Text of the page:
The passage of current through the body may also induce cardiac arrhythmias, hence the need to admit and observe all victims of electrical injury (Britto et al 1999 pp.112-113).
Low voltage/ tension burns are caused by domestic and light industrial supplies of 240V and 415V respectively. Contact skin burns are seen at both entrance and exit points, and should be closely looked for. Full thickness burns with deeper structure involvement may be seen ( Greaves et al 2001 p.214, Barret and Herndon 2001 pp. 14-16).
High voltage/ tension burns may be associated with massive tissue destruction at entry and exit points leading to muscle contractures requiring fasciotomies and possibly amputations. There can also be secondary ignition of clothing resulting in extensive cutaneous burns of a lesser degree.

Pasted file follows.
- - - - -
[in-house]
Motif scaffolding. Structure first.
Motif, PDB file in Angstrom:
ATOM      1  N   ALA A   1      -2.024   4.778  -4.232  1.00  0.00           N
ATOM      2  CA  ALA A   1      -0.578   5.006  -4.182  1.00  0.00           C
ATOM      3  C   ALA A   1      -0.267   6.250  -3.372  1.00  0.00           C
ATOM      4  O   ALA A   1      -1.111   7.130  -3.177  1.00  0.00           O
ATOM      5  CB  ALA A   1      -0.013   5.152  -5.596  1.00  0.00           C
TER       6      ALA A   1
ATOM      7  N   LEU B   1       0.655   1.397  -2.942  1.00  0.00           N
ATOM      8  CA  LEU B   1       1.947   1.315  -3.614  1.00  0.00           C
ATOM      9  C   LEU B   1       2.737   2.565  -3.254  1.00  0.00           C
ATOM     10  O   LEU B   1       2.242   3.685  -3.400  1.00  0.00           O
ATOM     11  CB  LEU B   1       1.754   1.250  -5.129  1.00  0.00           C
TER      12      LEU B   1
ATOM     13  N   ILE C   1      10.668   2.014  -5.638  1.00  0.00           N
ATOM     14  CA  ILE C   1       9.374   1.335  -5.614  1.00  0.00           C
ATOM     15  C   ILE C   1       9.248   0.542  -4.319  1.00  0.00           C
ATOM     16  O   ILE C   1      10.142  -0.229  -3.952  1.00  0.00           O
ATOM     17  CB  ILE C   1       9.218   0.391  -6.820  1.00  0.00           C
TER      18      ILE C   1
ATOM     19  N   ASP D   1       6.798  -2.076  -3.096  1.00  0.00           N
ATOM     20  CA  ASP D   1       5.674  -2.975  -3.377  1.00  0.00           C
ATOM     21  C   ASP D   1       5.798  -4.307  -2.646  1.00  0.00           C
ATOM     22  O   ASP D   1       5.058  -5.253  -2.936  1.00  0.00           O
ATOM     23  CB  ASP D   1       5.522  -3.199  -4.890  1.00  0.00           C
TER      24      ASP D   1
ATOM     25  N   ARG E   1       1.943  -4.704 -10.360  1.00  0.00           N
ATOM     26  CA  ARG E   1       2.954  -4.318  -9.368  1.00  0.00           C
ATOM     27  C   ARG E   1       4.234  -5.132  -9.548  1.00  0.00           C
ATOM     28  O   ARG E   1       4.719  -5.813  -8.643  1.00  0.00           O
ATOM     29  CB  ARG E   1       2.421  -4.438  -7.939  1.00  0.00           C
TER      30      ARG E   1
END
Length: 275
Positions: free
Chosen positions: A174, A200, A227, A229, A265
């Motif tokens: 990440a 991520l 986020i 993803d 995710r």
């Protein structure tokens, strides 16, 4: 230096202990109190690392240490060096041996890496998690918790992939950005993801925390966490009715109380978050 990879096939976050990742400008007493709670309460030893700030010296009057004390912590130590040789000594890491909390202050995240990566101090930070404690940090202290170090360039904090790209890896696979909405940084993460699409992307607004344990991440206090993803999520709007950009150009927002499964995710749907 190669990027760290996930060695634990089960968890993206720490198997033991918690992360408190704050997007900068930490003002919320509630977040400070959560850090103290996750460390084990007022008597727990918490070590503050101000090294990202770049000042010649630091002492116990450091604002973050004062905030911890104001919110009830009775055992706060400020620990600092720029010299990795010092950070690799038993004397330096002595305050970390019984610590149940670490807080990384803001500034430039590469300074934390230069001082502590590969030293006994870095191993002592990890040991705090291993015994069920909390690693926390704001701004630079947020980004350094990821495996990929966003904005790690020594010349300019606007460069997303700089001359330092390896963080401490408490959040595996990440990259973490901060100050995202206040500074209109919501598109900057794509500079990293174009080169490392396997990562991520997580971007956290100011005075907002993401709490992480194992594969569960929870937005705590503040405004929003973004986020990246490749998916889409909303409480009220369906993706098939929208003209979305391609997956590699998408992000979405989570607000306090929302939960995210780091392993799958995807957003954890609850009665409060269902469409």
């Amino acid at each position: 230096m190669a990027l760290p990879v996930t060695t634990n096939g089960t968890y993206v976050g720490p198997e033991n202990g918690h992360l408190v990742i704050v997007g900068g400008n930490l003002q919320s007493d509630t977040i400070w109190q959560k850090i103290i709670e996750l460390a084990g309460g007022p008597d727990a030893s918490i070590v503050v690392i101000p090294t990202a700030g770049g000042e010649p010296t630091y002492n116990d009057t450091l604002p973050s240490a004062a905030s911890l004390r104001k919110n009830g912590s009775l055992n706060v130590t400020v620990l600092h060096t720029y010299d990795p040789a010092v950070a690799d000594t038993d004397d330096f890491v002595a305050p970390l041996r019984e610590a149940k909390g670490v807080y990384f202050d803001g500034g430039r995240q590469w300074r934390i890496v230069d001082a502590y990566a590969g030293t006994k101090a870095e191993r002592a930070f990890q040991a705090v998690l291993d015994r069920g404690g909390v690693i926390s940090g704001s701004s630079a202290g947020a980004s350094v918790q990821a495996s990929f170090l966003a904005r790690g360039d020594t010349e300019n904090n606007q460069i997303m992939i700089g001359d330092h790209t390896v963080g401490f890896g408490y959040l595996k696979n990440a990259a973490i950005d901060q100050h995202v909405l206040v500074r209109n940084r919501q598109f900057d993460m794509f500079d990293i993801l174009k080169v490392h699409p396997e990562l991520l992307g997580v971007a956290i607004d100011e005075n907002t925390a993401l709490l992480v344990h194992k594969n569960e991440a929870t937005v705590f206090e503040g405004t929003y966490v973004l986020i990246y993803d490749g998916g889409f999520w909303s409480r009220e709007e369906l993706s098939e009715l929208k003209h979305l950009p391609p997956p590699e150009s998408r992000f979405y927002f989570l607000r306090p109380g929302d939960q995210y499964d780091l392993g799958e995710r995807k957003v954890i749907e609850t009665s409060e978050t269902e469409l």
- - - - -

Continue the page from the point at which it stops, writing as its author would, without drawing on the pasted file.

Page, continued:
Thermal energy generated is proportional to the square of the current, the resistance and the duration of exposure (Joules Law). As the current is increased there is the sensation of tingling (<0.5 mA), pain (5 mA), involuntary muscle contraction/ hand spasm etc (10 - 16 mA), loss of consciousness (40 mA), and death (50 - 80 mA).
Skin provides resistance to current flow, causing electrical energy conversion to thermal energy. The greater the thickness of keratin the greater the resistance. Sweating however reduces resistance.
1st degree burns may occur with low voltage contact of a few seconds, whilst the longer the contact, the more severe the burn and the greater the risk of arrhythmias developing
Type of current
Route of the current
Passage of current through the chest is associated with an increased mortality (arrhythmias) compared with passage through the limbs
Summary of the factors determining electrical burn severity